The newest registered user is apkguru
Our users have posted a total of 10634 messages in 2745 subjects
Just download and install
It's been a while since I expressed some of my objectives for the CC . First of all I like and respect everyone that joins our club . I realize that not everyone knows what a CC is all about . Many have different reasons for joining . I really don't know how many of the other clubs are run . They are all different . What I want to emphasize in our CC is that whatever tier you are . That you feel comfortable here , part of a team of players that come here to find conditions that enable them to improve their game , hone their skills , lower their scores ,lower their averages , move up in tiers . Enjoyably and comfortably with the conditions that challenge them enough to keep that drive without the frustrationsof regular game play . All that is completely possible by either creating those tourneys yourself or by messaging me about it . Or someone else in your tier that has been creating tourneys . Any kind of information that you need to know should be provided here , any kind of appp , calculator , help , tutorial , tournament , statistic , message , opinion , gripe , compliment , etc , etc . Should able to be aqcuired here ( or in our website , as it may be easier there ). With your help , all of this can be done easily . We already have a good start . I am going to be here for a very long time trying to achieve all this . For any of you that think it's a good direction for your CC to go in . Then lets keep on keepin on . Sincerely , Your Co team member PDB1 , Paul ( sitting here on a rare rainy day ) May the SUN always be with you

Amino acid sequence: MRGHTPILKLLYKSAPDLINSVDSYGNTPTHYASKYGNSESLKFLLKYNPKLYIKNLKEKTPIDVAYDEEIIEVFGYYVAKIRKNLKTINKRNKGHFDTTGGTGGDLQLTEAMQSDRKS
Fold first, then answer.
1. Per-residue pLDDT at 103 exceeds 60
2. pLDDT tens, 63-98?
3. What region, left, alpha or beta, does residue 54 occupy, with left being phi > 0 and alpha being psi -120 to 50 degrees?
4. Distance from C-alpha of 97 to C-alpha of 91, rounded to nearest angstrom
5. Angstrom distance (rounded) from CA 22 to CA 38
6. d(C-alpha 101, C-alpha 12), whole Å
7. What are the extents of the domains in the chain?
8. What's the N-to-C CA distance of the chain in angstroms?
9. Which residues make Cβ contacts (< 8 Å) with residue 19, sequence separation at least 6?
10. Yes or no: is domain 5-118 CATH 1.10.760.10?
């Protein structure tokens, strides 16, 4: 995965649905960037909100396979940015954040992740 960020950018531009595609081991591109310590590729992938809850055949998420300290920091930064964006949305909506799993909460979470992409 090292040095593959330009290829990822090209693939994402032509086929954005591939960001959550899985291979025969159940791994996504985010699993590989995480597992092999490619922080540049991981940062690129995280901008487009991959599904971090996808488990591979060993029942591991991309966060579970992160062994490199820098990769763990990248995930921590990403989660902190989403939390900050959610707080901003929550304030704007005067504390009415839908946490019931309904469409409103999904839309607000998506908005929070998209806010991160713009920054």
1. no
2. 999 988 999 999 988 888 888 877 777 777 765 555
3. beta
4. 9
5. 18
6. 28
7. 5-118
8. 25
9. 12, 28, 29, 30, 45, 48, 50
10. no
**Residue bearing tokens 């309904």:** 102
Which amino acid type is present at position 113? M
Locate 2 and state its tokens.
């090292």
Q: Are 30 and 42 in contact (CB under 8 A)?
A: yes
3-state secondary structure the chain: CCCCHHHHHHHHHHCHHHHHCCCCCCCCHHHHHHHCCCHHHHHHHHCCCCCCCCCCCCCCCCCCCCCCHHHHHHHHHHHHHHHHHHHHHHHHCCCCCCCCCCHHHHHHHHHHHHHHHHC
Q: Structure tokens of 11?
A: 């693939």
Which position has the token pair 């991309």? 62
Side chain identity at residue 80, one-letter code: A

Re: Where are the Flags ?By Bertasion in Valley of the Sun Casual Club The other day upon the heather fair I hit a flagstick that was not there. I saw it's shadow and heard the clank but where it stood was just a blank. It was not there again today. I wonder when it will come back and stay. Brian
BEST OF BANDON PAR 3
THE OLYMPIC CLUB
ROYAL ST. GEORGE
PINEHURST NO. 8
CHALLANGE AT MANELE
EXPERIENCE AT KOELE
BEST OF WATER SHOTS
BEST OF FAMOUS SHOTS
BEST OF PUTTING
The Indian government has just issued a warning to internet users who access blocked torrent sites in the country, saying viewing any one of them could lead tothree years' imprisonment and a fine of $4,546. The government has blocked thousands of sites over the past five years due to their noncompliance with the Indian Copyright Act of 1957, but many users were still able to access them. While the government was quick to hand out the penalty, many experts disagreed on the issue. One complaint, by lawyer Apar Gupta, was that notice being sent to users is not phrased properly. "The sections which [sic] are referred in the notice do not criminalize mere access in isolation," he added. Counsel at the Software Freedom Law Centre, Prasanth Sugathan, also clarified, "Visiting any website, even if it is a blocked site, is not illegal either under the provisions of the Copyright Act, 1957 or the Information Technology Act, 2000." The only exception could be if a person views child pornography, Sugathan continued in an interview.
The matter is a John Doe order, which "refers to an unidentified entity and orders content owners to shut down entire websites in order to prevent them from allowing piracy without needing to go to court each time," explained aMedianama report. In response to requests from the Indian Department of Telecommunications, internet service providers have begun blocking the URLs using a DNS-filtering system and including the agency's warning against accessing torrent sites.
john - azdewars
Send to Friend
Sat, Aug 27 2016 9:29 AM
Thanks for the info John....I used to use torrents to get some music but haven't used them recently. I was about to get some music for my dad but I'm most definitely not gonna do it now. Where is Napster when you need them?
Send to Friend
Sat, Aug 27 2016 12:19 PM
Good thing I don't even know what a Torrent site is. Whew.
Send to Friend
Sat, Aug 27 2016 1:14 PMazdewars:
There are many little islands in the Pacific Ocean that are now inhabited
Must have been one helluva tsunami .
Send to Friend
Sat, Aug 27 2016 1:18 PM